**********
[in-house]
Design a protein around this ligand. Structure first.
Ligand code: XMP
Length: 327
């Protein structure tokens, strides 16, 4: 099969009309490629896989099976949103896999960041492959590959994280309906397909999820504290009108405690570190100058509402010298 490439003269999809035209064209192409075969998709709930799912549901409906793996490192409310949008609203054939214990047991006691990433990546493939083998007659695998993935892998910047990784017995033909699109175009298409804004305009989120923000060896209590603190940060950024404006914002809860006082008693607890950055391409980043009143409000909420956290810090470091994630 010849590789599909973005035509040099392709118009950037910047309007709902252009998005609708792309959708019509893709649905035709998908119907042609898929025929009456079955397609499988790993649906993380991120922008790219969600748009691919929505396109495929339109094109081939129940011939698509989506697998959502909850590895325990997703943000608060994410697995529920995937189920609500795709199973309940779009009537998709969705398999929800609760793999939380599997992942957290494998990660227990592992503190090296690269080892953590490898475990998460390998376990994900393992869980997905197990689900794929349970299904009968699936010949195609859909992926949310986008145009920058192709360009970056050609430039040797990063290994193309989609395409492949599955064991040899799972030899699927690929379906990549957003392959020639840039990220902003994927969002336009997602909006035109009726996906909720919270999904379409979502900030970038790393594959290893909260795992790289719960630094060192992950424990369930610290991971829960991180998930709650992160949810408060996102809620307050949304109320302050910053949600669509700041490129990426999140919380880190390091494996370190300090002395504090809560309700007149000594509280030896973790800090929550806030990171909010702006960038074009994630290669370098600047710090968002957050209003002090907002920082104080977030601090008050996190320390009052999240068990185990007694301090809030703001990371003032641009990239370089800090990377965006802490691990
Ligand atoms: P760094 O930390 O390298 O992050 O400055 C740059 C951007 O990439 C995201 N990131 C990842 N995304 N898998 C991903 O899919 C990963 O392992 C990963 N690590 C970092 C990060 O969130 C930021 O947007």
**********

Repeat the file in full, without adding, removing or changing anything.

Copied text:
[in-house]
Design a protein around this ligand. Structure first.
Ligand code: XMP
Length: 327
């Protein structure tokens, strides 16, 4: 099969009309490629896989099976949103896999960041492959590959994280309906397909999820504290009108405690570190100058509402010298 490439003269999809035209064209192409075969998709709930799912549901409906793996490192409310949008609203054939214990047991006691990433990546493939083998007659695998993935892998910047990784017995033909699109175009298409804004305009989120923000060896209590603190940060950024404006914002809860006082008693607890950055391409980043009143409000909420956290810090470091994630 010849590789599909973005035509040099392709118009950037910047309007709902252009998005609708792309959708019509893709649905035709998908119907042609898929025929009456079955397609499988790993649906993380991120922008790219969600748009691919929505396109495929339109094109081939129940011939698509989506697998959502909850590895325990997703943000608060994410697995529920995937189920609500795709199973309940779009009537998709969705398999929800609760793999939380599997992942957290494998990660227990592992503190090296690269080892953590490898475990998460390998376990994900393992869980997905197990689900794929349970299904009968699936010949195609859909992926949310986008145009920058192709360009970056050609430039040797990063290994193309989609395409492949599955064991040899799972030899699927690929379906990549957003392959020639840039990220902003994927969002336009997602909006035109009726996906909720919270999904379409979502900030970038790393594959290893909260795992790289719960630094060192992950424990369930610290991971829960991180998930709650992160949810408060996102809620307050949304109320302050910053949600669509700041490129990426999140919380880190390091494996370190300090002395504090809560309700007149000594509280030896973790800090929550806030990171909010702006960038074009994630290669370098600047710090968002957050209003002090907002920082104080977030601090008050996190320390009052999240068990185990007694301090809030703001990371003032641009990239370089800090990377965006802490691990
Ligand atoms: P760094 O930390 O390298 O992050 O400055 C740059 C951007 O990439 C995201 N990131 C990842 N995304 N898998 C991903 O899919 C990963 O392992 C990963 N690590 C970092 C990060 O969130 C930021 O947007």